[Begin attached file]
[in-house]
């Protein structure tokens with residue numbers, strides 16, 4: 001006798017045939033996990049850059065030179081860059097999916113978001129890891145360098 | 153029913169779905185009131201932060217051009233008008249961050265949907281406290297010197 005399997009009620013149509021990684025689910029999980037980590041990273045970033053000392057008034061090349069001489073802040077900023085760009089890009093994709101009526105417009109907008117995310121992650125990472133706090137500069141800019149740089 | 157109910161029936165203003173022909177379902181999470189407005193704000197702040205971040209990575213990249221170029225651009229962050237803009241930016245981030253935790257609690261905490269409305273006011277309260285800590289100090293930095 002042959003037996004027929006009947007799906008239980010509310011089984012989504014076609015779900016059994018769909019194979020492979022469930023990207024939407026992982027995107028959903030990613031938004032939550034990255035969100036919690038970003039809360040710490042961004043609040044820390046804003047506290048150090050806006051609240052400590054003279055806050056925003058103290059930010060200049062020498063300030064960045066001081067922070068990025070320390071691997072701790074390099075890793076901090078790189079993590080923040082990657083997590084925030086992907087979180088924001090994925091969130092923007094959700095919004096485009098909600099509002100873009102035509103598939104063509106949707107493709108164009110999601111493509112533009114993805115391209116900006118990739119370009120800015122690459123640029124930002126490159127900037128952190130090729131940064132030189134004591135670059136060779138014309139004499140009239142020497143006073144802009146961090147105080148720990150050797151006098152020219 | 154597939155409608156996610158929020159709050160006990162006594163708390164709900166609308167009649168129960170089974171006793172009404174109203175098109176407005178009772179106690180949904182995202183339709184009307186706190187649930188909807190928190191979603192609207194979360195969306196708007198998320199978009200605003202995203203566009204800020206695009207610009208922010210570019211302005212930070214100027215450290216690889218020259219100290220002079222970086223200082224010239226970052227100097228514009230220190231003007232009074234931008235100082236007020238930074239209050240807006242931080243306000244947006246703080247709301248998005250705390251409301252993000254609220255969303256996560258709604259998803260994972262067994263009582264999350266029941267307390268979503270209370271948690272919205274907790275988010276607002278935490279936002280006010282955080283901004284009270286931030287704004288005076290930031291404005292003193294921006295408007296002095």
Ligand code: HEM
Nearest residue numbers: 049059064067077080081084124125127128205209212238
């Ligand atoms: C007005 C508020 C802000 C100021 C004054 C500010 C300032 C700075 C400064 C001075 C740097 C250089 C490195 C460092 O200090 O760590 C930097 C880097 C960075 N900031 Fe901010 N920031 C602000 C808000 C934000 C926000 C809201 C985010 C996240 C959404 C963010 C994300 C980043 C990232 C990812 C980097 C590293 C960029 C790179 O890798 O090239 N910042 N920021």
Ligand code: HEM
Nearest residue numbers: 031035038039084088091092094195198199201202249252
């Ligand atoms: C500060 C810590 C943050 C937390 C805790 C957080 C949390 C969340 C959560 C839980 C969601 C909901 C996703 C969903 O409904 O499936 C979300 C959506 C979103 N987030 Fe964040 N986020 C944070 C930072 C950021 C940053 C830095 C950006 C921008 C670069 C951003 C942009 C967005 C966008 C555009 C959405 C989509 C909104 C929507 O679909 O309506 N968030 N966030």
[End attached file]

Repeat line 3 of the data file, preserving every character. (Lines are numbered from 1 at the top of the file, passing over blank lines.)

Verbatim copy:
Ligand code: HEM